The blog for The Centre for Philosophy and Political Economy, based at the University of Leicester, wrote a blog post about Ruti Sela and Maayan Amir’s Exterritory project, and the presentation of four papers at an event co-hosted by Kadist Paris and Evens Foundation. The CPPE’s blog post is here.
Matteo Lucchetti’s ENACTING POPULISM IN ITS MEDIÆSCAPE will open on February 17th, 2012 at Kadist Art Foundation in Paris. (You might note that is exactly one month from today.) The exhibition is curated by Lucchetti following his residency at the Foundation.
The works presented in the show explore media and aesthetic constructions of “the people”. In doing so, Lucchetti draws its theoretical basis from Ernesto Laclau’s work on populism as a constructed antagonism. As the press release notes, “…the visual strategies that take place on a daily basis in the media might not only be seen as completely distorted productions of our times. Instead, they can also be considered as materials that can be easily deconstructed, so as to offer a clearer vision on what democracy looks like today. The process of enacting populism, to make the aesthetic strategies embedded in the creation of a visible consensus, comes together with interferences put at play with the mediascape.”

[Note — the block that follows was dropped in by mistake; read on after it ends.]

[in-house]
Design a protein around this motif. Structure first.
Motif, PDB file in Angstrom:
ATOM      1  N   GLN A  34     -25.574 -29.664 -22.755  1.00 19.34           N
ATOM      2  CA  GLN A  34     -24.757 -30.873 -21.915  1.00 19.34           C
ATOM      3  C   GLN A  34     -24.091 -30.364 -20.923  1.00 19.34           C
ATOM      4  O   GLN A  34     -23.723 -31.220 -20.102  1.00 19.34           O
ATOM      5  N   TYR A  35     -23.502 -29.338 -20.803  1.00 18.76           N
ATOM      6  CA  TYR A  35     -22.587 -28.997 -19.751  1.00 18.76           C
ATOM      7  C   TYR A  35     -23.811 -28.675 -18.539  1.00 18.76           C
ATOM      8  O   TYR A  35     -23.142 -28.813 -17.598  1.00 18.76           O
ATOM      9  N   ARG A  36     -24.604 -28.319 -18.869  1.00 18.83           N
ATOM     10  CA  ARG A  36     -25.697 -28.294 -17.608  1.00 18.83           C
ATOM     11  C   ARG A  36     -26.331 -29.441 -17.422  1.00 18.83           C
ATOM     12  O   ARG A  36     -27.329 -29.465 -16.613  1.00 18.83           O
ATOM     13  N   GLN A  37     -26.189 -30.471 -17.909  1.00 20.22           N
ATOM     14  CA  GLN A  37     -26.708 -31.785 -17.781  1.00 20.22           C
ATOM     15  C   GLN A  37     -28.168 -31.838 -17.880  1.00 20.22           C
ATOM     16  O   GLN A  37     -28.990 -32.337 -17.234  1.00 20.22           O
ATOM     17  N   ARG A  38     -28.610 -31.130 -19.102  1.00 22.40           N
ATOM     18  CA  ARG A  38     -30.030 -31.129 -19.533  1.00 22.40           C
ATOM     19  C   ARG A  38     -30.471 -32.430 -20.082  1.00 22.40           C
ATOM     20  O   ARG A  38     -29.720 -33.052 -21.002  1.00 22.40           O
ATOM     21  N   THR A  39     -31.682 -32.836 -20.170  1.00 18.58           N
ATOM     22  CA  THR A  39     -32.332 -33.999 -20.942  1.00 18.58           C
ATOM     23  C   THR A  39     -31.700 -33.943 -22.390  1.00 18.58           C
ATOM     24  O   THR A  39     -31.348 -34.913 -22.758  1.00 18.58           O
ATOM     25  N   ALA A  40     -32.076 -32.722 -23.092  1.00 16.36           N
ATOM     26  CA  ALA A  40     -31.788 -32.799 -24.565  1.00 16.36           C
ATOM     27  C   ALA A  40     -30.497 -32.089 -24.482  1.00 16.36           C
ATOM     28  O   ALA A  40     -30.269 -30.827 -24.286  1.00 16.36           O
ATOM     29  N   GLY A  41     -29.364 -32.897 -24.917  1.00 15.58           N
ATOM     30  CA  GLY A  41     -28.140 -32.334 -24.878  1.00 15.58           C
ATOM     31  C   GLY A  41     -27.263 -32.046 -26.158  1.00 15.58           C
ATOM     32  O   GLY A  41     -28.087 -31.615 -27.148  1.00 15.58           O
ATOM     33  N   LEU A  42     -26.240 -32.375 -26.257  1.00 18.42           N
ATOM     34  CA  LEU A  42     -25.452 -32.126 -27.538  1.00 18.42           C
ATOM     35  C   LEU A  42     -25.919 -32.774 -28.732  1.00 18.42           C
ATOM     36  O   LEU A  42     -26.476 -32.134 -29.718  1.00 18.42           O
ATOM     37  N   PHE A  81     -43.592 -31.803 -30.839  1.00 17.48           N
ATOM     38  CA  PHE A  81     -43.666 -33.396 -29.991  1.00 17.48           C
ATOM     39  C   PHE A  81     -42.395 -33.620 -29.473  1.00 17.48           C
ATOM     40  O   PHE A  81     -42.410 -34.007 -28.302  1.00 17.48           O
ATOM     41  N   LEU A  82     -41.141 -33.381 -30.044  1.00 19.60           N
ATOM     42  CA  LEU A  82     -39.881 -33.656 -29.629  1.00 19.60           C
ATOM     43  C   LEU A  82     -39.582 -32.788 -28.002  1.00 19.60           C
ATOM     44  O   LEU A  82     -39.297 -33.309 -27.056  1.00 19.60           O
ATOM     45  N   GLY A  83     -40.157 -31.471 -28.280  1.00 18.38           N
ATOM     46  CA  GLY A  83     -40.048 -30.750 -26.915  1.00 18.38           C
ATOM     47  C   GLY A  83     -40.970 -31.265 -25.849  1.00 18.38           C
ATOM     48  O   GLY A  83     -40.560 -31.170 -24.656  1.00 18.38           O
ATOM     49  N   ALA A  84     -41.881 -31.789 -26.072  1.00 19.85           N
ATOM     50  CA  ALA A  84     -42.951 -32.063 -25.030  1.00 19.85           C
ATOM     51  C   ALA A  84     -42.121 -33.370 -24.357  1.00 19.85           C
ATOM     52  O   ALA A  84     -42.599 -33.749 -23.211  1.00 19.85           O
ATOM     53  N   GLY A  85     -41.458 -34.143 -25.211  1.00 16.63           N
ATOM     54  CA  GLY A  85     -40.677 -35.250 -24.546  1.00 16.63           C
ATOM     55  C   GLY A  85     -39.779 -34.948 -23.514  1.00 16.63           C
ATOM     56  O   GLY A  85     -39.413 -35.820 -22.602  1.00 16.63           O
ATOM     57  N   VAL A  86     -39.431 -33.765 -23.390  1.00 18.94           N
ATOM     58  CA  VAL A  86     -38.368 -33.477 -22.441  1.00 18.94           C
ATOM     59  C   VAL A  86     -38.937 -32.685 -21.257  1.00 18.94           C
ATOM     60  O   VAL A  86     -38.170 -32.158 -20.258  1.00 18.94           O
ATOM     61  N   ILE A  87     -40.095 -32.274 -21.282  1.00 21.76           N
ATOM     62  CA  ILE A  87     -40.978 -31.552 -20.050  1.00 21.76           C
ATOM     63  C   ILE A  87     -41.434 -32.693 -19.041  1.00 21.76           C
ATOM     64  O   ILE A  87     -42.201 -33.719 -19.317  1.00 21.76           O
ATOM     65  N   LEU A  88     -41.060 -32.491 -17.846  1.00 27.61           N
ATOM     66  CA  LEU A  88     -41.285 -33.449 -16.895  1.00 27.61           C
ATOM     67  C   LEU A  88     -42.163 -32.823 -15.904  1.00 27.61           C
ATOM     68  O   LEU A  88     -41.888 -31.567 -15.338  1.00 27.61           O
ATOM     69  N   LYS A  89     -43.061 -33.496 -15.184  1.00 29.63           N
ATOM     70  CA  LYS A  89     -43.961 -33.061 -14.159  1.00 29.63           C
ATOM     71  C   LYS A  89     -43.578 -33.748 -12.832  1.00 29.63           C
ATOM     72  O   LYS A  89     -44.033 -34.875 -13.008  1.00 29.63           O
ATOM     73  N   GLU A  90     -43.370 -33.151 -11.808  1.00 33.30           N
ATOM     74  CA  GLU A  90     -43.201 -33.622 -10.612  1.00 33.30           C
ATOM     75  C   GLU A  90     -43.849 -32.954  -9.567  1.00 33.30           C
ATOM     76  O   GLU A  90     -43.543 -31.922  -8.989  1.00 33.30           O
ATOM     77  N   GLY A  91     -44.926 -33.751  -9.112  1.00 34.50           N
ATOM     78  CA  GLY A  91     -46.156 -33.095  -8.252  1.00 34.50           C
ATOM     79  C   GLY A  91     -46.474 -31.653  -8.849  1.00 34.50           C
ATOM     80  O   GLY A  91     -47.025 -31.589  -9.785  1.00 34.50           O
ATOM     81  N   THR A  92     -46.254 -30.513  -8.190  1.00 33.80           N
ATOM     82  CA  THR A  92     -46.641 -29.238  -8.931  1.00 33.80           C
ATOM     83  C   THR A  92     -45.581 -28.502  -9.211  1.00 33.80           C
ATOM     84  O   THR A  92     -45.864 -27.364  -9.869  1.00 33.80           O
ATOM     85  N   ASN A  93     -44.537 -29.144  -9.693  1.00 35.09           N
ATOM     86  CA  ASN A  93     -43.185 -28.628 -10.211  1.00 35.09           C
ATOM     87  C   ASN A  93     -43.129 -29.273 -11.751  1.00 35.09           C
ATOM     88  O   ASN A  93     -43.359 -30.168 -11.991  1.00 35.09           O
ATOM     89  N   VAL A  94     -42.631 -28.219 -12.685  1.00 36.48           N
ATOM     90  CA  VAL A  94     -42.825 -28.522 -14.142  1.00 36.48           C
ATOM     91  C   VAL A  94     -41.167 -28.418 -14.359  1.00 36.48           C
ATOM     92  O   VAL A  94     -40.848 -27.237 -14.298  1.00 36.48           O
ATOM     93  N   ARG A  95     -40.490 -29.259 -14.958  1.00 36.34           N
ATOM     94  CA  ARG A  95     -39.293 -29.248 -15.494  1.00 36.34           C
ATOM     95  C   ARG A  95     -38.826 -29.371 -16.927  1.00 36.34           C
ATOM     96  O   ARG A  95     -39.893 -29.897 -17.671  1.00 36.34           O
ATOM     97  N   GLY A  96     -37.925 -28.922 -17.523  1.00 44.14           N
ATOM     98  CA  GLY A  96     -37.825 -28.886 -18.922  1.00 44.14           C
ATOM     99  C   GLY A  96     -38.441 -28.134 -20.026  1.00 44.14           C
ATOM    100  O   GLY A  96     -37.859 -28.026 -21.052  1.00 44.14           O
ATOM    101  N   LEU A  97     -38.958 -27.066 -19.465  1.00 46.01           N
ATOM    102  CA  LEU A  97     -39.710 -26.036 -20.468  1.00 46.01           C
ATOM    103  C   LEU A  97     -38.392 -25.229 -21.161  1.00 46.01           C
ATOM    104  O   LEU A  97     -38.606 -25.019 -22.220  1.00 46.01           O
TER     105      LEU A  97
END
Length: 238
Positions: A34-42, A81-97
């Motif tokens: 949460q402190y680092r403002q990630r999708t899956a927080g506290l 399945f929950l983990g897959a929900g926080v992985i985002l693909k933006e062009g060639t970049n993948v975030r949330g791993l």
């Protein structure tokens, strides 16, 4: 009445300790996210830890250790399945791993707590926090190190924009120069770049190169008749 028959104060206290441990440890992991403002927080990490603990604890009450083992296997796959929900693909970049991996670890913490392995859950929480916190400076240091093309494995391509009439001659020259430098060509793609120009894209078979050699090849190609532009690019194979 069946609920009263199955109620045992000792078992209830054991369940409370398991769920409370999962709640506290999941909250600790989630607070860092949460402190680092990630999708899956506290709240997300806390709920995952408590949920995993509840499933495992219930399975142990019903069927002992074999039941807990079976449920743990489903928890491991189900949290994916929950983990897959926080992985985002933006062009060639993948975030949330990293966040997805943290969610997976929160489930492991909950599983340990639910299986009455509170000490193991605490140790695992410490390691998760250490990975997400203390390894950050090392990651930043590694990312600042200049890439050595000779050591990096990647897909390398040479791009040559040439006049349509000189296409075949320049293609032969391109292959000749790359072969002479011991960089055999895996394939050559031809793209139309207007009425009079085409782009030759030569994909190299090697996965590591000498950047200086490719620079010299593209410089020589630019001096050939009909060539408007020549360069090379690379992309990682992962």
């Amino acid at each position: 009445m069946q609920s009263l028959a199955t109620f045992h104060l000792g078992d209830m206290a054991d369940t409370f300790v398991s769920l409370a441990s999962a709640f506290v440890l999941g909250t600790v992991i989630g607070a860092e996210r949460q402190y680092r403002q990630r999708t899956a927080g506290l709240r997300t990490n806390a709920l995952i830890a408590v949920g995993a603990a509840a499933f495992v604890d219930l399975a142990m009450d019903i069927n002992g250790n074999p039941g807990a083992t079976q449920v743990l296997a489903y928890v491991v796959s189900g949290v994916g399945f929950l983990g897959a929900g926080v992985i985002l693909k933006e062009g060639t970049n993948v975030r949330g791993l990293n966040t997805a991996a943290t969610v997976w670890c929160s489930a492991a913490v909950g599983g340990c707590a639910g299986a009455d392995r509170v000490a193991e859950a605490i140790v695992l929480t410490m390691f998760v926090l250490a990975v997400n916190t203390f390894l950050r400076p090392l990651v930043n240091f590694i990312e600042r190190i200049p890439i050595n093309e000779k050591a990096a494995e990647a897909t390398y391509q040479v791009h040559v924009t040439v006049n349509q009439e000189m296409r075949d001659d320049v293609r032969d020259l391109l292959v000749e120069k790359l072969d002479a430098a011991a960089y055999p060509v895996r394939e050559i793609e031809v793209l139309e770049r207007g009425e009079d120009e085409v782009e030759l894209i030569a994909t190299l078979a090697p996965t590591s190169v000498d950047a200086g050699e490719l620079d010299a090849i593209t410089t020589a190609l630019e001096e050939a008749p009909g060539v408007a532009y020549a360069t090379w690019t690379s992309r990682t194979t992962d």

Laclau’s major work on this topic is his 2005 On Populist Reason. If you don’t have time to read the whole book before mid-February, however, you might be interested in his essay “Populism: What’s In A Name?”, also from 2005.
A key line from the essay: “ The so-called ‘poverty’ of the populist symbols is the condition of their political efficacy – as their function is to bring to equivalential homogeneity a highly heterogeneous reality, they can only do so on the basis of reducing to a minimum their particularistic content.”
Laclau argues that a variety of dissatisfactions, expressing themselves negatively, converge around the empty signifier of “the people”. Different demands are equalized by the sense that the social body, as a whole, is fighting back — even if the only commonality is a sense of dissatisfaction. The gap between these claims of the community’s unified desire and the actual wills of individuals is, as Laclau puts it, “the source of the exhilarating game that we call politic, from which we find our limits but also our possibilities.”
Doing this, Laclau’s analysis puts forward this creation of “the people” as central to politics. This creation is what the artists in Lucchetti’s show explore in their works.
Plus, all of these great artists are in the show:
Alterazioni Video, Heman Chong, Luigi Coppola, Danilo Correale, Foundland,
Nicoline van Harskamp, Steve Lambert, Oliver Ressler, Anna Scalfi Eghenter, Société Réaliste, Jonas Staal, Superflex